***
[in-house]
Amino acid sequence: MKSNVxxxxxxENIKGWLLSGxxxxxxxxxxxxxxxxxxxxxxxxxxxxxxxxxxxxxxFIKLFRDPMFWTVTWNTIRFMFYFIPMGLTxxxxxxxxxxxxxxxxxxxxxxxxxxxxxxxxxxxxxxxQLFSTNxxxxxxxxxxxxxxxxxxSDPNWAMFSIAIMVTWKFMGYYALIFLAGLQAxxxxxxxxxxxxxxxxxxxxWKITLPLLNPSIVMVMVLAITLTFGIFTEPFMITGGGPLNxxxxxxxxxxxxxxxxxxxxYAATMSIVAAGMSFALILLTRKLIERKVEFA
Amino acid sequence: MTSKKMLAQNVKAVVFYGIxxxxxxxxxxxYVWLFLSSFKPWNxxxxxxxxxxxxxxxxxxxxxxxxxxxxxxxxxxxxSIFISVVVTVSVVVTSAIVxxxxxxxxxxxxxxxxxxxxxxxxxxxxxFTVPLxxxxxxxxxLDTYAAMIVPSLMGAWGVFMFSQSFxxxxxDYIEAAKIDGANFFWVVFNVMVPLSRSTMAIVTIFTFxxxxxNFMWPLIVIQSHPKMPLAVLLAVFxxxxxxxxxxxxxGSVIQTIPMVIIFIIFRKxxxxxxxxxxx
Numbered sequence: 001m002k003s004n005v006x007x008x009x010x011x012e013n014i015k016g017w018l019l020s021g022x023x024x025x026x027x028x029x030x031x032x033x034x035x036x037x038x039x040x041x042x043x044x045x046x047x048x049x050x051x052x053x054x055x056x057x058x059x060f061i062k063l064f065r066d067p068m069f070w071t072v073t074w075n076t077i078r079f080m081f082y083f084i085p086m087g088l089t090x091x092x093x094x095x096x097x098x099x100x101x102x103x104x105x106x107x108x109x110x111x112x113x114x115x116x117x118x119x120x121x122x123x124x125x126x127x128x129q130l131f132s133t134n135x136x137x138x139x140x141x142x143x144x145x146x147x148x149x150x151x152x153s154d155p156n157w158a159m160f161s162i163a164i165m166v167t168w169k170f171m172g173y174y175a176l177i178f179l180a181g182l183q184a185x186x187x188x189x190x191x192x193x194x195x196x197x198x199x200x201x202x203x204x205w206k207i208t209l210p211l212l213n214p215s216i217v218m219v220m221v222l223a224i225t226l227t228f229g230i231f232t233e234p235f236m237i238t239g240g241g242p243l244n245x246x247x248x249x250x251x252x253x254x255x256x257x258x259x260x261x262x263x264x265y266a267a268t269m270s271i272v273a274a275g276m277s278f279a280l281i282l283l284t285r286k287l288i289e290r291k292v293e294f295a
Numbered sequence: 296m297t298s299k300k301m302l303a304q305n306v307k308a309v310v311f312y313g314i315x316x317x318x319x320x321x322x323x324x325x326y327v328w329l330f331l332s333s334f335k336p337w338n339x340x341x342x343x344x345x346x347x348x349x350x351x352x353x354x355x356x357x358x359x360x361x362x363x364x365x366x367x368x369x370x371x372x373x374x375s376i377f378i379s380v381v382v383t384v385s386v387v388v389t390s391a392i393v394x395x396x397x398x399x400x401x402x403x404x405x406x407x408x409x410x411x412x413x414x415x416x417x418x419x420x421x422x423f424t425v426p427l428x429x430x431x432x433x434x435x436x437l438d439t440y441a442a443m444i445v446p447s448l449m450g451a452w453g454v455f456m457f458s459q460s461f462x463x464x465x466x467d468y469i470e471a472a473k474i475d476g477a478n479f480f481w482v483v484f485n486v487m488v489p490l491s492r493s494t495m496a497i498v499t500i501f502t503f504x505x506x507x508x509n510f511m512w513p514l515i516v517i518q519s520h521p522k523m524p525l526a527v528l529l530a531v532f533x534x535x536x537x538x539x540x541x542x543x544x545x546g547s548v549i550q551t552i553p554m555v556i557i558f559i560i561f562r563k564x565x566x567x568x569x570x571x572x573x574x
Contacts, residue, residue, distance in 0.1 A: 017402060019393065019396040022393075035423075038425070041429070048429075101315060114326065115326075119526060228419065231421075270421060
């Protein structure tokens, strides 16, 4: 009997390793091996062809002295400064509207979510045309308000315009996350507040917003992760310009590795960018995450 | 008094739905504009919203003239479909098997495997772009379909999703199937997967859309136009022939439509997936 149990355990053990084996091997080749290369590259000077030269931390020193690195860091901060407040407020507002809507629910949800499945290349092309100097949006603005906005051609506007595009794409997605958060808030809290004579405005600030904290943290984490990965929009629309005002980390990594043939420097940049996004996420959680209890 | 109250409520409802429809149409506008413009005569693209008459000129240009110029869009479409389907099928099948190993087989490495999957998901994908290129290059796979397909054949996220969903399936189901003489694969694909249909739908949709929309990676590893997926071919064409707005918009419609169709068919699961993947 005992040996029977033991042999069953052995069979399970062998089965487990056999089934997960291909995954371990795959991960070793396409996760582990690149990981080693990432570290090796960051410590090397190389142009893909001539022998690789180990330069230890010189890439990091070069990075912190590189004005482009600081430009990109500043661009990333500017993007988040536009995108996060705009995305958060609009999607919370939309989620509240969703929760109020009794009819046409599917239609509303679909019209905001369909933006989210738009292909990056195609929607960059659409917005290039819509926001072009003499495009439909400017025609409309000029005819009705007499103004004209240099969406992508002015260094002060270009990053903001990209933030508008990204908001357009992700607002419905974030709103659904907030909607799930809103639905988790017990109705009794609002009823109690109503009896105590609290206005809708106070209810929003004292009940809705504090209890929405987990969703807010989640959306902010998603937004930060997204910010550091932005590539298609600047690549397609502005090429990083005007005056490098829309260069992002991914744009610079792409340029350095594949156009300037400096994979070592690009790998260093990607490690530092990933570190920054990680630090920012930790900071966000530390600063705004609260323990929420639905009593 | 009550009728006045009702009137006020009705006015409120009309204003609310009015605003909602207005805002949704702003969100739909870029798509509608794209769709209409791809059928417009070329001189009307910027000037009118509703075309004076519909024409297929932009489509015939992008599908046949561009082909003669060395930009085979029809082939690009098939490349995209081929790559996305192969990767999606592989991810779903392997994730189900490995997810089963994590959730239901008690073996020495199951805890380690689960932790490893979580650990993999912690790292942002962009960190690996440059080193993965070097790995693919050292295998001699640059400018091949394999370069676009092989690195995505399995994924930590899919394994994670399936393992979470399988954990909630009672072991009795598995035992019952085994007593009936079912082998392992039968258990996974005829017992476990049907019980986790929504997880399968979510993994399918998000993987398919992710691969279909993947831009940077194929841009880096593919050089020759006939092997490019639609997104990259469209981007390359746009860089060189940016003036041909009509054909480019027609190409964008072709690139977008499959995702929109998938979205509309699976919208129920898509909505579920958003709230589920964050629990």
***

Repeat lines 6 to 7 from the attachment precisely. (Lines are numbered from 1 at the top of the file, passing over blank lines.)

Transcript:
Contacts, residue, residue, distance in 0.1 A: 017402060019393065019396040022393075035423075038425070041429070048429075101315060114326065115326075119526060228419065231421075270421060
């Protein structure tokens, strides 16, 4: 009997390793091996062809002295400064509207979510045309308000315009996350507040917003992760310009590795960018995450 | 008094739905504009919203003239479909098997495997772009379909999703199937997967859309136009022939439509997936 149990355990053990084996091997080749290369590259000077030269931390020193690195860091901060407040407020507002809507629910949800499945290349092309100097949006603005906005051609506007595009794409997605958060808030809290004579405005600030904290943290984490990965929009629309005002980390990594043939420097940049996004996420959680209890 | 109250409520409802429809149409506008413009005569693209008459000129240009110029869009479409389907099928099948190993087989490495999957998901994908290129290059796979397909054949996220969903399936189901003489694969694909249909739908949709929309990676590893997926071919064409707005918009419609169709068919699961993947 005992040996029977033991042999069953052995069979399970062998089965487990056999089934997960291909995954371990795959991960070793396409996760582990690149990981080693990432570290090796960051410590090397190389142009893909001539022998690789180990330069230890010189890439990091070069990075912190590189004005482009600081430009990109500043661009990333500017993007988040536009995108996060705009995305958060609009999607919370939309989620509240969703929760109020009794009819046409599917239609509303679909019209905001369909933006989210738009292909990056195609929607960059659409917005290039819509926001072009003499495009439909400017025609409309000029005819009705007499103004004209240099969406992508002015260094002060270009990053903001990209933030508008990204908001357009992700607002419905974030709103659904907030909607799930809103639905988790017990109705009794609002009823109690109503009896105590609290206005809708106070209810929003004292009940809705504090209890929405987990969703807010989640959306902010998603937004930060997204910010550091932005590539298609600047690549397609502005090429990083005007005056490098829309260069992002991914744009610079792409340029350095594949156009300037400096994979070592690009790998260093990607490690530092990933570190920054990680630090920012930790900071966000530390600063705004609260323990929420639905009593 | 009550009728006045009702009137006020009705006015409120009309204003609310009015605003909602207005805002949704702003969100739909870029798509509608794209769709209409791809059928417009070329001189009307910027000037009118509703075309004076519909024409297929932009489509015939992008599908046949561009082909003669060395930009085979029809082939690009098939490349995209081929790559996305192969990767999606592989991810779903392997994730189900490995997810089963994590959730239901008690073996020495199951805890380690689960932790490893979580650990993999912690790292942002962009960190690996440059080193993965070097790995693919050292295998001699640059400018091949394999370069676009092989690195995505399995994924930590899919394994994670399936393992979470399988954990909630009672072991009795598995035992019952085994007593009936079912082998392992039968258990996974005829017992476990049907019980986790929504997880399968979510993994399918998000993987398919992710691969279909993947831009940077194929841009880096593919050089020759006939092997490019639609997104990259469209981007390359746009860089060189940016003036041909009509054909480019027609190409964008072709690139977008499959995702929109998938979205509309699976919208129920898509909505579920958003709230589920964050629990």